Big Maybelle is featured in Bert Stern’s Jazz on a Summer’s Day singing 'I Ain’t Mad', but it is her Scepter recording of 'Oh Lord What Are You Doing To Me' for which she is most cherished. This was one of the songs in Randy’s Mod Top 100, and he did a great job of popularising it among members of the 6Ts rhythm and soul society, so much so that there are tales of comrades being buried with treasured Scepter 7”s of this song, which is particularly poignant as it is itself a tale of a mother losing her loved son. And one of the songs Kent salvaged from the Scepter Wand vaults was an amazingly beautiful version by Maxine Brown of this soul purifying song.

It was ballads of this stature, ones that in soul circles are classed as end-of-the-nighters, that Randy was best known for foisting upon people of the soul fraternity. I am thinking of Maxine’s 'It’s Gonna be Alright', Brenda Holloway singing Ed Cobb’s 'I’ll Always Love You', Arthur Alexander’s 'I Need You Baby', Big Dee Irwin doing 'You Satisfy My Needs', written by the very young Lori Burton and Pam Sawyer, and many other people would doubtlessly think of many others.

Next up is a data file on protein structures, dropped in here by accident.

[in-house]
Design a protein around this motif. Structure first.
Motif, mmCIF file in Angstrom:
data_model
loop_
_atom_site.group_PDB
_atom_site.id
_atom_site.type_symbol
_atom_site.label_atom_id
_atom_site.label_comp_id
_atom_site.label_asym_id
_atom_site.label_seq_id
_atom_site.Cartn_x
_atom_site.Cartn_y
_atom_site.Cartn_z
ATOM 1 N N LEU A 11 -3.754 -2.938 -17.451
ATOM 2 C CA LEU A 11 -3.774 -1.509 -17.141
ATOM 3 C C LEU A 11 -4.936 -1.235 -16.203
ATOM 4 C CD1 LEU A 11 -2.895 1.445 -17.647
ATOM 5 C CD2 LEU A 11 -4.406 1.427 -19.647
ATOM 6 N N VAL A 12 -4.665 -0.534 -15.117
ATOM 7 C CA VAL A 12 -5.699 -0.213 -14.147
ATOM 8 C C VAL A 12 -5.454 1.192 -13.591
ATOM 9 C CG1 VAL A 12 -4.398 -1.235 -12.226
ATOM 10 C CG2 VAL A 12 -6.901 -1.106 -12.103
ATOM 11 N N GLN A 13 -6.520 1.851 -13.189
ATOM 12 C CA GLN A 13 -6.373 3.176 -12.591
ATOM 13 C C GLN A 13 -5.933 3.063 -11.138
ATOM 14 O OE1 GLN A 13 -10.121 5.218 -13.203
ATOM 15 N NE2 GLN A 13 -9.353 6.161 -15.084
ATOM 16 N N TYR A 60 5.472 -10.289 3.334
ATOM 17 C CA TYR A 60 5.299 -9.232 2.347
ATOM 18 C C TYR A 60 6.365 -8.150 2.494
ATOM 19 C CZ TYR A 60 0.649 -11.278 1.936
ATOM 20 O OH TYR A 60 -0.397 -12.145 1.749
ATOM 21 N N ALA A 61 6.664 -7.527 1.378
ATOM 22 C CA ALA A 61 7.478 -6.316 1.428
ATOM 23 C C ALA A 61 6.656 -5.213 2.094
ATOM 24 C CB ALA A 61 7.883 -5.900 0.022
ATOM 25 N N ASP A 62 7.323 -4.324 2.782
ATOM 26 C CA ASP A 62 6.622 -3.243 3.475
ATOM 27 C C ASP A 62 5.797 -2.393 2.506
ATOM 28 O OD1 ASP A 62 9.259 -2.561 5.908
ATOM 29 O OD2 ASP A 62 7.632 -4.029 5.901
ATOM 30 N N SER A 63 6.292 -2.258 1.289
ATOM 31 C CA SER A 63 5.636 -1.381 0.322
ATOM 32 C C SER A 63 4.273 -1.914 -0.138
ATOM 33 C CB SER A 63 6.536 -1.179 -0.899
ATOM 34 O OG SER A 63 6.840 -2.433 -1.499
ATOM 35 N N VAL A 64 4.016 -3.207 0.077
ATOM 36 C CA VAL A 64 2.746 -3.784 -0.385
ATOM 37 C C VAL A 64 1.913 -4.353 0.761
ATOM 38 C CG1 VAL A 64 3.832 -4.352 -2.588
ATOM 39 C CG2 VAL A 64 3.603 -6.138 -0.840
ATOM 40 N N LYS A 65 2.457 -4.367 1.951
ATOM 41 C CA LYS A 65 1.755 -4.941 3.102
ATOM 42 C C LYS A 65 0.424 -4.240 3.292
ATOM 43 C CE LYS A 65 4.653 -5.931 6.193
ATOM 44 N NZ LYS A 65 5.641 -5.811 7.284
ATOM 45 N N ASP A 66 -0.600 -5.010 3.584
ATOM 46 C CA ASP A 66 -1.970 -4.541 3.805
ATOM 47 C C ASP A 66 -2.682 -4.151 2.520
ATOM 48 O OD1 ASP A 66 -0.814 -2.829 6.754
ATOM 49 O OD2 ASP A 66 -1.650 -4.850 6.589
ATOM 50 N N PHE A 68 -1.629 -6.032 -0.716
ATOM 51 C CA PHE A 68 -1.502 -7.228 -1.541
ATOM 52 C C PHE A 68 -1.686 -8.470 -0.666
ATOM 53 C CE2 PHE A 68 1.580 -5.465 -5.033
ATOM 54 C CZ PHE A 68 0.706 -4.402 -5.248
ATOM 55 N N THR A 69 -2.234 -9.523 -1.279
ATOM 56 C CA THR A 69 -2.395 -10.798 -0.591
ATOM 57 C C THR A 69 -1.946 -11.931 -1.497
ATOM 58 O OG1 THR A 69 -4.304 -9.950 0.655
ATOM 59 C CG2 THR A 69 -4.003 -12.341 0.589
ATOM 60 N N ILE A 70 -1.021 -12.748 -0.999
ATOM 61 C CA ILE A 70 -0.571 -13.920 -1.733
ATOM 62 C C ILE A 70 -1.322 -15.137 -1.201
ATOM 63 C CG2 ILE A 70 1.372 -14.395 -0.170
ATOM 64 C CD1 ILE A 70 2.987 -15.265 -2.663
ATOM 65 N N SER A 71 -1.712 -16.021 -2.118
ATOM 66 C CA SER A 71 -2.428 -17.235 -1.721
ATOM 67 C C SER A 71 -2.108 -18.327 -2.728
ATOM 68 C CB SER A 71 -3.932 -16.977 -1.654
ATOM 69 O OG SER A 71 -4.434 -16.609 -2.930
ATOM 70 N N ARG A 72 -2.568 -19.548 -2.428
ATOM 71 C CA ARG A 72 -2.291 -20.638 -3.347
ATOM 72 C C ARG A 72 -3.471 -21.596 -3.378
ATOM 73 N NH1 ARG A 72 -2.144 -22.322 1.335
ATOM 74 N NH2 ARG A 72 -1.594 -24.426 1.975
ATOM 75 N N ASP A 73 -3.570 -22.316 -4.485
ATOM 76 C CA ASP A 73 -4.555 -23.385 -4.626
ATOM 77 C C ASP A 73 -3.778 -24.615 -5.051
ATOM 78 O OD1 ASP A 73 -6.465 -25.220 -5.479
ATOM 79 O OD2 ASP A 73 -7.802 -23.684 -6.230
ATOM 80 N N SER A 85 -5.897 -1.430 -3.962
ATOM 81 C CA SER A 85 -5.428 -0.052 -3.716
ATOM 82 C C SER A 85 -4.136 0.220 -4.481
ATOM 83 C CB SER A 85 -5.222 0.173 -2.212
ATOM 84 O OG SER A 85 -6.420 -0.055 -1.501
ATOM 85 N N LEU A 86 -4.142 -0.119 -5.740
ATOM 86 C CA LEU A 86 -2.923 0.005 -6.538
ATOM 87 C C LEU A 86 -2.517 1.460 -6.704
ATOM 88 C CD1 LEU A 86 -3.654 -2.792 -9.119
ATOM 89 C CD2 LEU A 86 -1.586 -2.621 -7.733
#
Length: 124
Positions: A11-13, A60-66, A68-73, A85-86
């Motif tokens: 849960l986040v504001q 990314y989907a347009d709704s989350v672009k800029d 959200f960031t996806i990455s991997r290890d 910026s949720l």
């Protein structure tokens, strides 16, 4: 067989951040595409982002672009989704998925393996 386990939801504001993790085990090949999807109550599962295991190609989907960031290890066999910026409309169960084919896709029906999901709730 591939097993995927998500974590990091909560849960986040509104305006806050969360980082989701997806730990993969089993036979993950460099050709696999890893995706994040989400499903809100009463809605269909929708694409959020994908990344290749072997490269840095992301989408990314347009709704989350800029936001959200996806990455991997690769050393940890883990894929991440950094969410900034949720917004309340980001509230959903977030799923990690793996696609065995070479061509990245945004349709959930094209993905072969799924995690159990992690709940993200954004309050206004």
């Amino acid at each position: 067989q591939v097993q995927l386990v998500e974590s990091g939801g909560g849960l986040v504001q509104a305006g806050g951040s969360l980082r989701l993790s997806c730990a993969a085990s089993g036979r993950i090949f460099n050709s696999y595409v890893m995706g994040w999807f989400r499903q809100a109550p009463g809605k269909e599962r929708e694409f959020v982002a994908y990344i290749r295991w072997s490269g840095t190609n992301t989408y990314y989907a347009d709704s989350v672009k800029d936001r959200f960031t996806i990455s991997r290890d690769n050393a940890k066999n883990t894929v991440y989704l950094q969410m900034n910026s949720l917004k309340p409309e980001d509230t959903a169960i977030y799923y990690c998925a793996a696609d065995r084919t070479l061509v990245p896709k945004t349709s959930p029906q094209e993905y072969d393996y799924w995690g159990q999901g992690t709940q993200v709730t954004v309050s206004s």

Randy’s carefully compiled cassettes are the stuff of legend now, and as such evoke different times now that technology has since moved on so much into an age of CD burning, file sharing and downloading. But there remains a sense of romance about the fragility of the cassette, and I know myself the value of a worn out tape featuring songs like Zerben R Hicks’ 'Lights Out'. And yet who cares about the medium when what really matters is spreading the message?

© 2006 John Carney